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I have question related passing parameters byRef, I have VB.NET based class library in which some functions are defined with byref argument types. These parameters are parent class objects and when I tried to call this function and pass child class object in byref argument it works in VB.NET but I am unable to do same thing in C#

following is test code i am trying

Public Class Father

        Private _Cast As String
        Public Property Cast() As String
            Get
                Return _Cast
            End Get
            Set(ByVal value As String)
                _Cast = value
            End Set
        End Property

    End Class


 Public Class Son
        Inherits Father

        Private _MyName As String
        Public Property Myname() As String
            Get
                Return _MyName
            End Get
            Set(ByVal value As String)
                _MyName = value
            End Set
        End Property


    End Class

Implementation class in VB

Public Class Parent

        Public Function Show(ByRef value As Father) As Boolean
            Dim test As String = value.Cast
            Return True
        End Function

// Herer I can call Show method and pass child object to ByRef type argument and it works

Public Function Show2() As Boolean

            Dim s As New Son
            Dim result As Boolean = Show(s)

            Return True
        End Function

    End Class

// But when i try same thing in c#

Parent p = new Parent();
            Son s = new Son();
            Father f = new Father();

            p.Show(ref s);

I get error that Son cannot convert to father , I already test it works in VB but how can I make it work in c#? as I have class library in dll format

Thanks in advance

share|improve this question
    
Try p.Show(ref ((Father)s) –  It'sNotALie. May 31 '13 at 9:59
2  
Side note: there is absolutely no reason for the ByRef. It is nonsense. –  Henk Holterman May 31 '13 at 10:00
    
Now to answer your question, who is father, parent and son ? how they are related in your case. Post their design structure and relationship. –  Nair May 31 '13 at 10:06
    
@Nair: He did. The class definitions are in the first code block posted. –  Chris Sinclair May 31 '13 at 10:07
1  
I feel like this isn't something you can do. In the C# code, the Parent.Show method could reassign the Father value variable to something that is not a Son; perhaps it would assign an instance of Daughter. I'm not sure why it works for VB though. –  Chris Sinclair May 31 '13 at 10:10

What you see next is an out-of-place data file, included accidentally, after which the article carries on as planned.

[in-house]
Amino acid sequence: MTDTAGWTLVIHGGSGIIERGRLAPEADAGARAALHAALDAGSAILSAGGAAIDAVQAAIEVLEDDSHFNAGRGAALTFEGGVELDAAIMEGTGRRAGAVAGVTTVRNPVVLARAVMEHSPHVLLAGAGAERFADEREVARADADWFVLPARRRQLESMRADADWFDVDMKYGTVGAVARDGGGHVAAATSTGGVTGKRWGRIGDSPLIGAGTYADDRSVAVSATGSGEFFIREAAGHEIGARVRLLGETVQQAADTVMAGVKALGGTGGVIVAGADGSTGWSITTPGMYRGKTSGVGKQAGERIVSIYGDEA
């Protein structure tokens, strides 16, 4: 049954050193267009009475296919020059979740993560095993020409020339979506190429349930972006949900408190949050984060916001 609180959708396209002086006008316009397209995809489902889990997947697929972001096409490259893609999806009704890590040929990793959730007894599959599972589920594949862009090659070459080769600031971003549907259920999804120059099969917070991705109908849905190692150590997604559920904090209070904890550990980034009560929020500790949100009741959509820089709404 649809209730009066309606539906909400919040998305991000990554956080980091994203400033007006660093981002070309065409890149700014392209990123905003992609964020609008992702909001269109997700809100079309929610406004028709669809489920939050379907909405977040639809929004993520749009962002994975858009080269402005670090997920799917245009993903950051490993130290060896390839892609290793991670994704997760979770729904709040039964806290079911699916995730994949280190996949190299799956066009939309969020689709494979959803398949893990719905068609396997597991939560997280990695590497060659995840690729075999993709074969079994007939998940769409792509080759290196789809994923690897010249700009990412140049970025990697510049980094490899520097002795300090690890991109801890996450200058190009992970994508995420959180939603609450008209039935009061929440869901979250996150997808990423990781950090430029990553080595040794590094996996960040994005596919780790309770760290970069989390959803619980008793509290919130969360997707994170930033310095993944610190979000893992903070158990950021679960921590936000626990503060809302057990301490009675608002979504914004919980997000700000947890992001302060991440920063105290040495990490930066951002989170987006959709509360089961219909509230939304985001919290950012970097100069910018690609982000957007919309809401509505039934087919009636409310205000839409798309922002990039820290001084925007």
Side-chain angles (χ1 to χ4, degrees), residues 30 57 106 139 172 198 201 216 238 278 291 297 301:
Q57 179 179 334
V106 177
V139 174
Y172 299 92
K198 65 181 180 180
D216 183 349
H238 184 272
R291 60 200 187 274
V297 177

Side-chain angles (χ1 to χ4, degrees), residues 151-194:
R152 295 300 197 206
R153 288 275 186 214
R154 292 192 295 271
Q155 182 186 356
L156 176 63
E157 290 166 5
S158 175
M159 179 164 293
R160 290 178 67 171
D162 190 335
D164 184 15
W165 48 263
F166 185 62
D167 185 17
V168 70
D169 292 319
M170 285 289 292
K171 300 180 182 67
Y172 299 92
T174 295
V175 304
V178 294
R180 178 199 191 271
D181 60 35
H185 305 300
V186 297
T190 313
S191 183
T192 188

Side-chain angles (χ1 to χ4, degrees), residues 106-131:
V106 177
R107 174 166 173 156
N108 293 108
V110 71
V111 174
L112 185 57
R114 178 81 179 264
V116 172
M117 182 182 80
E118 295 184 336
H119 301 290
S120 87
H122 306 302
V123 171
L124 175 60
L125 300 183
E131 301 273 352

2 Answers 2

C# is strict about this, a variable that's passed by reference must be an exact match with the method argument type. VB.NET is forgiving about that. The compiler rewrites your code and creates a variable of the required type. Roughly like this, expressed in C#:

    Son s = new Son();
    Father $temp = (Father)s;
    p.Show(ref $temp);
    s = (Son)$temp;

Which is nice, but not without problems. The failure mode is when the Show() method assigns a new object to its argument of the wrong type. It is allowed to create a Father() object since the argument type is Father. That will make the 4th statement in the above snippet fail, can't cast Father to Son. That's not so pretty, the exception will be raised at the wrong statement, the true problem is located in the Show() method. You can scratch your head over that for a while, not in the least because the cast is not actually visible in your VB.NET source code. Ouch.

C# forces you to write the above snippet explicitly, which solves your problem. At this point you should exclaim "But wait, the Show() method doesn't actually create a new object!" That's good insight and you'll have found the true problem in this code, the Show() method should not declare the argument ByRef. It should only be used when a method reassigns the argument and that change needs to be propagated back to the caller. Best avoided entirely, an object should be returned by a method by its return value. Function in VB.NET instead of Sub.

share|improve this answer

ByRef allows the function to modify the managed pointer and make it point to something other than a Son, therefore C# won't allow you to pass a managed pointer to Son directly. However, you can do this:

Son s = new Son();
Father f = s;
p.Show(ref f);
s = (Son)f; //Success if f still points to a Son, InvalidCastException  otherwise.

However, if your method Show really does not modify the managed pointer, then there is no reason for taking it ByRef: Just pass it ByVal and you'll still be able to modify the object itself.

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